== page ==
To say the very least, the 90’s was a a bad decade for New York’s film industry, and in this financial crisis the 2010’s might be worse.
If you take a look at the Mayor’s Office of Film, Theatre and Broadcasting‘s website, one of the first thing’s you’ll see is a video of a man by the name of Jono. The video is part of ‘Real Jobs, Real Proud, Real New Yorkers,’ a campaign that’s features New Yorkers working in the film and television industries with the purpose to thank locals for hosting film and television production in their neighborhoods.
These public service announcements are definitely called for, as New York’s film industry has “enjoyed record growth since the state started its tax incentive plan five years ago,” writes Miriam Kreinin in an article for crainsnewyork.com. But now, it “is being hit with a number of new obstacles that could wreck the business and send longtime hits like Law & Order packing to cheaper locales.”
Today at least 7 feature films and 16 television shows are being shot in city, but producers might have to think twice about filming in the New York if the city government’s plan to make the fees for filming in buildings the most expensive in the country goes ahead.
The Mayor’s Office of Film, Theatre & Broadcasting is the first film commission in the country and was created to serve as a “one-stop shop for all production needs in New York City,” according to the commission’s mission statement.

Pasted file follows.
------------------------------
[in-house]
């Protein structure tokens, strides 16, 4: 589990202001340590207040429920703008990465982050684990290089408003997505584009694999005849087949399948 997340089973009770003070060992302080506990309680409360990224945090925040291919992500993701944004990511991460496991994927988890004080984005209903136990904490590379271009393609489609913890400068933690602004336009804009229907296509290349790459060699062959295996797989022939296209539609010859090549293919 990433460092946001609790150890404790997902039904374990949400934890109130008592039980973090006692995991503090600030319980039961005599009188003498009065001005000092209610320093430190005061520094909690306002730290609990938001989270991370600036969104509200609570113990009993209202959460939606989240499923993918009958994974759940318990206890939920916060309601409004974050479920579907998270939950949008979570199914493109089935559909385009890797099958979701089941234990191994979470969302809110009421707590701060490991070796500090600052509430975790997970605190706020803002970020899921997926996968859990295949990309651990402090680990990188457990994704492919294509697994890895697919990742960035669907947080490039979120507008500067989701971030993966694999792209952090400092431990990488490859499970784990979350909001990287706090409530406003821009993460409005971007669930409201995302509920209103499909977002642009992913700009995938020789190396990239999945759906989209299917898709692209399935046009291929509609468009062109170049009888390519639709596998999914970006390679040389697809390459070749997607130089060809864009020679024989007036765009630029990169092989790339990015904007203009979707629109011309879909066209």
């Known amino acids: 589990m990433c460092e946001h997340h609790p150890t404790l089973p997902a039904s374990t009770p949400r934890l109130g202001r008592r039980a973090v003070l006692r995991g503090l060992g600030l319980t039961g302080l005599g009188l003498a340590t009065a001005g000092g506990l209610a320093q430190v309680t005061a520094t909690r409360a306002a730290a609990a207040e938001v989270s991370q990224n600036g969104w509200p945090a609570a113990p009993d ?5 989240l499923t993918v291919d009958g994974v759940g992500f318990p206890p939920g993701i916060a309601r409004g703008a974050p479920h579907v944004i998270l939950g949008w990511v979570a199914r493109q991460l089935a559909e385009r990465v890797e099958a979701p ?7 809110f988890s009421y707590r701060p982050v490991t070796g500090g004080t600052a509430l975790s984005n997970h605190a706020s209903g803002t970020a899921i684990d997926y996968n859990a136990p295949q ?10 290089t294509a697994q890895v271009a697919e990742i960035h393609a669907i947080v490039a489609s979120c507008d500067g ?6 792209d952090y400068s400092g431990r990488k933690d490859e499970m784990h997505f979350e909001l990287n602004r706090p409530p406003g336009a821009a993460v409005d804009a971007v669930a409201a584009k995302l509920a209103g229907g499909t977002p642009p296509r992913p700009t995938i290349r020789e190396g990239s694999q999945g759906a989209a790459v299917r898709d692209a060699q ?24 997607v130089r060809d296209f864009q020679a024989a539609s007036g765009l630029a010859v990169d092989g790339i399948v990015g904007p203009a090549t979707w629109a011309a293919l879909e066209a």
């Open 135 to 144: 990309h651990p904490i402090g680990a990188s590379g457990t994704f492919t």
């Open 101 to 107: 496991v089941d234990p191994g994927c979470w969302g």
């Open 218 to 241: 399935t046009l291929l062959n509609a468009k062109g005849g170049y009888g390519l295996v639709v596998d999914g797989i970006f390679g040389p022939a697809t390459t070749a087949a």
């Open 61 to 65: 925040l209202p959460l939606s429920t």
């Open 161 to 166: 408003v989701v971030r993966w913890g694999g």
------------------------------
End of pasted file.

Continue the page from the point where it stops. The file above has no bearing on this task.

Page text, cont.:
The commission offers free permits, free public locations and free police assistance for production companies shooting a feature films, commercials, television shows or music videos. “The Mayor’s Office of Film, Theatre and Broadcasting serves as an invaluable resource to the New York City entertainment production industry,” states the commission in it’s website. But now, the office has plans to charge for it’s “famous free permits” and “the city’s tax incentive is out of money and in the process of being scaled back, and the state is in negotiations over whether to renew its tax incentives,” writes Kreinin.
According to the film commissioner, Katherine Oliver, the plan is the result of the economic crisis and “filming at city buildings represents less than 5% of the total location shooting,” which is almost nothing compared to the cost of shooting in private locations. The Film Commission and the Department of Citywide Administrative Services, another city agency, are suggesting the city should charge $3,200 for shooting in city buildings, according to Kreinin’s article, the cost at a private location can go up $10,ooo a day.
One of the commission’s major incentives, ‘Made in NY,’ was created to offer film and television productions a combination of tax and marketing credits, as well as customer services for production. But now, as of June 30, 2009, New York City’s “Made in NY” tax credit has reached its full allocation of $192.5 million and funds are no longer available for new applications. As stated in the commissions website, the City proposed an extension of the program in May and is awaiting passage of its legislation in Albany that will allow the credit program to continue.
But as they wait for an answer on the extension for this ‘Made in Ny,’ they must also think of other program budget extensions for next year’s budget. For example, the ‘Motion Picture and Television Development,’ a program that has a 30% tax incentive, did get a $350 million one-year extension this year, but will expire in March 2010.
And “with state budget deficit that could reach $4.1 billion this year, it is unlikely it will be refunded at the same level,” says Kreinin.
(The images used where found on the Mayor’s Office of Film, Theatre and Broadcasting’s website.)